Internal cues should also be unnecessary if your exercise selection is good. A good exercise for a muscle will strongly, often maximally, activate that muscle. That’s the whole point of the exercise. For example, the bench press involves horizontal flexion against resistance. Since the pecs are a horizontal flexor, they contract to perform the movement. Lifting as much weight as possible thus requires maximum pec force production, tension and muscle activation. You don’t have to focus on the pecs to achieve this. Your brain will do it automatically if the goal is maximum performance. In other words, internal cues result in inefficient movements.


This inefficiency can sometimes masquerade as greater muscle activity. Remember that Calatayud et al. (2016) found that trained men trying to isolate the triceps at 50-60% of 1RM during the bench press increased not just triceps but also pec activity equally? That’s probably because the internal cue made the exercise as a whole more difficult, which effectively increases the training intensity. A weight that’s 60% of your 1RM may become 65% of your 1RM when you use internal cues, as those can make you weaker. It wasn’t so much the power of the mind-muscle connection but rather just inefficient movement.


Similarly, a study by Snyder & Fry (2012) found that trying to isolate the pecs during 3 bench press reps at 80% of 1RM was in fact successful for the pecs, in contrast to all the other studies, but it also increased front delt activity. In fact, shoulder activity went up a bit more than chest activity (17% vs. 13%) when trying to isolate the chest. Triceps activity only went up with a mind-muscle focus at 50% of 1RM, not at 80% of 1RM, as in most research. So again, it wasn’t so much that the mind-muscle connection really selectively enhanced the training stimulus for the target musculature but rather that a mind-muscle focus created an inefficient movement that made the exercise harder.


Analogously, remember that Nadzalan et al. (2020) found that focusing on the legs during squats and deadlifts decreased how many reps they could do and how much force they produced, suggesting lower total muscle tension? They also found that the mind-muscle connection increased quad and hamstrings EMG activity. The higher muscle activity despite lower total force production was likely due to greater inefficiency of movement, as well as the shorter duration of the set due to being able to perform fewer reps. These findings may at first glance appear to support the effectiveness of a mind-muscle focus (although sometimes for the wrong muscles), whereas they likely just represent inefficient movement, resulting in higher muscle activity levels by ‘virtue’ of making very submaximal exercise harder. As the research shows, these effects disappear when training with heavier weights, when training remotely close to failure or when lifting explosively.


We see a similar effect of making exercises artificially harder in blood flow restriction research, where occluding the triceps also increases chest muscle activity and occluding the legs also increases glute activity. Blood flow restriction training increases muscle activity levels and muscle growth just as much in the occluded as the non-occluded muscles [2]. It makes the overall exercise more difficult, raising the effective percentage of your 1RM that you’re lifting and thereby increasing muscle activity levels when using light weights.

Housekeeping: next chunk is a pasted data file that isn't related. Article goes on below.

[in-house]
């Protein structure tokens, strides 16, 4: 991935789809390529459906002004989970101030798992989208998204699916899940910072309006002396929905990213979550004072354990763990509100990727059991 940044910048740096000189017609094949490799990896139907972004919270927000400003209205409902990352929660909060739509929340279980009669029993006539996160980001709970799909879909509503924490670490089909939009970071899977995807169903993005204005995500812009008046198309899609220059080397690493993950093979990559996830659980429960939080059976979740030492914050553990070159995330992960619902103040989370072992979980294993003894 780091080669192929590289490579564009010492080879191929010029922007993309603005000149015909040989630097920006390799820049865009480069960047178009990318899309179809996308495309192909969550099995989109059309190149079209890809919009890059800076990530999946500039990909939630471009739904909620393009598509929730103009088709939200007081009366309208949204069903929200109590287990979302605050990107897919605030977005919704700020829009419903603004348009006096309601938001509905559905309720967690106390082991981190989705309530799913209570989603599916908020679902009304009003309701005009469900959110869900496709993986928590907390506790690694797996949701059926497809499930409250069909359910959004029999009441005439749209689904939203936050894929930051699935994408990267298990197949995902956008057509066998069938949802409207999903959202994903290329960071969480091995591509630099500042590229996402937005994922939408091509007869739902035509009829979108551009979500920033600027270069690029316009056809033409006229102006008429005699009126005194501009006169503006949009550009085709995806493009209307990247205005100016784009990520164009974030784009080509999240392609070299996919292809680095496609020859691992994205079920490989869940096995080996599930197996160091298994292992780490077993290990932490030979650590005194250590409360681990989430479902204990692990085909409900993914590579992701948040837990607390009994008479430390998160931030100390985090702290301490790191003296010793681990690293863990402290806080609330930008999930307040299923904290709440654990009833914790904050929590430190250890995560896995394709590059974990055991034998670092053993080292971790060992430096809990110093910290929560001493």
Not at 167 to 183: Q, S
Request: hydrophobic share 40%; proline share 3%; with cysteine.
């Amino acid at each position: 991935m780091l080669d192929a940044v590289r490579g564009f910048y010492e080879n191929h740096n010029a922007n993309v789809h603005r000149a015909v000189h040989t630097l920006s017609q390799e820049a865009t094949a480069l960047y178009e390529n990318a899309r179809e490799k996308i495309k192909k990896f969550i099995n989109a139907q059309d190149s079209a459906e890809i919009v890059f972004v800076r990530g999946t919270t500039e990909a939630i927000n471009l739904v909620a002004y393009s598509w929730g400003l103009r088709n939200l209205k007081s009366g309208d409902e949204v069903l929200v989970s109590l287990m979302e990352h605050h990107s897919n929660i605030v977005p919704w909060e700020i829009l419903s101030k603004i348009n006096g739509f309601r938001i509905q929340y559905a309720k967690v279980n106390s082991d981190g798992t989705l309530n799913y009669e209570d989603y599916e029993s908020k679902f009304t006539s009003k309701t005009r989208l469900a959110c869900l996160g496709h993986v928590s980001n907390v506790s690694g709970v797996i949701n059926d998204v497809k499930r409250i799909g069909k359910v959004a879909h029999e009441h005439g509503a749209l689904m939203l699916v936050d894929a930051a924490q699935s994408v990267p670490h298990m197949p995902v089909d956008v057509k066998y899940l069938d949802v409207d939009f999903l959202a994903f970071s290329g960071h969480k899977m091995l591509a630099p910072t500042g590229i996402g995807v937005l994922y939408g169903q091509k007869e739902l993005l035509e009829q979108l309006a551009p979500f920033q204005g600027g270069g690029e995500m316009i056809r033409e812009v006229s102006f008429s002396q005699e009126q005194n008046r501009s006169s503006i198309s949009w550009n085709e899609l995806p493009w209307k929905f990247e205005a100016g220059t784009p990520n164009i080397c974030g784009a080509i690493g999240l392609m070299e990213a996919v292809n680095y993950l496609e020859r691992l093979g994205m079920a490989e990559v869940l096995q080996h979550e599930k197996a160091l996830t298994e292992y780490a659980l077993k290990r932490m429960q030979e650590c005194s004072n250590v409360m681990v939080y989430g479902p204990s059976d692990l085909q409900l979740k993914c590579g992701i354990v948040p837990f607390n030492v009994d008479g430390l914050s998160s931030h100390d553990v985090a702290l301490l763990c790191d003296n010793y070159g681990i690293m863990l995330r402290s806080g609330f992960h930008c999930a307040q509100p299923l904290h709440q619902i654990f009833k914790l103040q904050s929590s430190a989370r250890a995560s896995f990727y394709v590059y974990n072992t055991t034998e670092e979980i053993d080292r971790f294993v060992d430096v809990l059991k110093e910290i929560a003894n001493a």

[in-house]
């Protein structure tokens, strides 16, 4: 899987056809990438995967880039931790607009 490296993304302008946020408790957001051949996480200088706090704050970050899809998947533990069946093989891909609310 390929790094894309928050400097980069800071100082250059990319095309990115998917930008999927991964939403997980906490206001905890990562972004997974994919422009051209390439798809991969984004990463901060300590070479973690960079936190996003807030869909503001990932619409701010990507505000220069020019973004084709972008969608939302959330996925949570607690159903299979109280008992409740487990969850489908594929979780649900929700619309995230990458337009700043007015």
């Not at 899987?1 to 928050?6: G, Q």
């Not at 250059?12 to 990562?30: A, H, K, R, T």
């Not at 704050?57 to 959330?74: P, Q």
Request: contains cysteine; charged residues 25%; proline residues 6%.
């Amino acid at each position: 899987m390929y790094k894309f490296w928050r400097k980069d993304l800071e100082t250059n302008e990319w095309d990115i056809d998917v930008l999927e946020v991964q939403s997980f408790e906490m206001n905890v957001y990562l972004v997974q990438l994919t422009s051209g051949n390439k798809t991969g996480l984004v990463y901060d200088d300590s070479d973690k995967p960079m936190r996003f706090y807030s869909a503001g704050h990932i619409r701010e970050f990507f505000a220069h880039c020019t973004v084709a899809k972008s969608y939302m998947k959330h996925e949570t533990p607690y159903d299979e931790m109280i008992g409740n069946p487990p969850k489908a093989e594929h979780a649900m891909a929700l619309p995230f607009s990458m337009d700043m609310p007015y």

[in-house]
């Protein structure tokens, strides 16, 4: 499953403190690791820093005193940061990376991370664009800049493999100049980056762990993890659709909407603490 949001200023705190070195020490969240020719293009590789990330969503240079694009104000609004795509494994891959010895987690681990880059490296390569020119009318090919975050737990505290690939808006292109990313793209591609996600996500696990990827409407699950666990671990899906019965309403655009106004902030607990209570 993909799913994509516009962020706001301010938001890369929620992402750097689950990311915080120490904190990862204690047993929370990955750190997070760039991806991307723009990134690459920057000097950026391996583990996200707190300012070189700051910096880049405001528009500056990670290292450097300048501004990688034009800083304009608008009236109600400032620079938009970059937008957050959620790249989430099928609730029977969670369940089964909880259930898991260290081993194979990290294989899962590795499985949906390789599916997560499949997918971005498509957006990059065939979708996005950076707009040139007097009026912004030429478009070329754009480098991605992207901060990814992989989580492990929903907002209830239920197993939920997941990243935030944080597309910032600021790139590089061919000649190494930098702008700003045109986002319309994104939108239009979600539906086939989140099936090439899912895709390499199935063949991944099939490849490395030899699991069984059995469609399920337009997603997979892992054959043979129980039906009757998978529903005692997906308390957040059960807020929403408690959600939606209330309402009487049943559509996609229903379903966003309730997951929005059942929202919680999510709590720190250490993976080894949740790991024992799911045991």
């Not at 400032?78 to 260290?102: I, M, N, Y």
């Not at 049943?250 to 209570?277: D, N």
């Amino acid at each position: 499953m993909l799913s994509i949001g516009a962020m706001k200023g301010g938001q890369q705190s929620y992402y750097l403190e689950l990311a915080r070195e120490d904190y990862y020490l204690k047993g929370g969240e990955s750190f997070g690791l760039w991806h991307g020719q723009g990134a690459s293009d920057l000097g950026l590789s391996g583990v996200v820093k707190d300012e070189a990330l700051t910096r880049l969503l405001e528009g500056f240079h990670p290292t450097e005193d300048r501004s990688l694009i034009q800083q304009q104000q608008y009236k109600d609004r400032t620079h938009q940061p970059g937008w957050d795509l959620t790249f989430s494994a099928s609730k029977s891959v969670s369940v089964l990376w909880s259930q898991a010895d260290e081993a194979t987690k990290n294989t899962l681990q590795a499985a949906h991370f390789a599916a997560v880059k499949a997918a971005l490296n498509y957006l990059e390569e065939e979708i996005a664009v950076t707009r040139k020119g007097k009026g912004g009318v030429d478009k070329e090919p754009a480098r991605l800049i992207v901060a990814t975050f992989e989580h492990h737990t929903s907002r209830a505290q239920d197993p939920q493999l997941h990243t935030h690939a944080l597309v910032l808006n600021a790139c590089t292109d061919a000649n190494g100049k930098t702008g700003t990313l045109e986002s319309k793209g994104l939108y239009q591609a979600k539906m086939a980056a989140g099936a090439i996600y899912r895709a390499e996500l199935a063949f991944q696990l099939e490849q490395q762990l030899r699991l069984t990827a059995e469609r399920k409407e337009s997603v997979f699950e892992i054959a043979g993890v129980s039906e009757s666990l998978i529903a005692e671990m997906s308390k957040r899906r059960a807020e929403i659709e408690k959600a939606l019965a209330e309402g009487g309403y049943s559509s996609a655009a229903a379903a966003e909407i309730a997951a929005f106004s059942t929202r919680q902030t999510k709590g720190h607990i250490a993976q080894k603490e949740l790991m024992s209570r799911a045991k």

It’s worth noting that inefficient movement can sometimes be useful when injured. In situations where you deliberately want to use lighter weights, a mind-muscle focus could help you maintain decent muscle stimulation with lighter weights. However, just lowering the weights or implementing blood flow restriction is arguably a more reliable method to achieve the same effect, likely with better strength development in the process.


That one study

Muscle activity aside, what about muscle growth? If a mind-muscle focus doesn’t increase the activation of the muscle you’re focusing on and it decreases total force production of the set, it logically can’t increase muscle growth in that muscle. In fact, if your reps go down but muscle activity levels don’t go up, as most research finds, this should reduce the total tension the muscle experiences. It would be nice to test this experimentally. Unfortunately, we have only one study that has tested the effect of internal cueing on muscle growth.


Schoenfeld et al. (2018) compared 2 groups training with either the instruction to “get the weight up” or the instruction to “squeeze the muscle” during barbell curls and leg extensions. The training consisted of 4 sets of 8-12 reps to failure twice a week. After the 10-week training program, the internal cue group did not gain more muscle in their quads, but they did gain more muscle in their biceps. Total body skeletal muscle mass and body composition did not differ across groups. Unfortunately, the authors did not report dynamic strength development and training volumes, so we can’t see if the internal focus negatively affected how much weight the participants could lift, as we would expect based on the other research. They did report isometric strength development, which did not significantly differ across groups.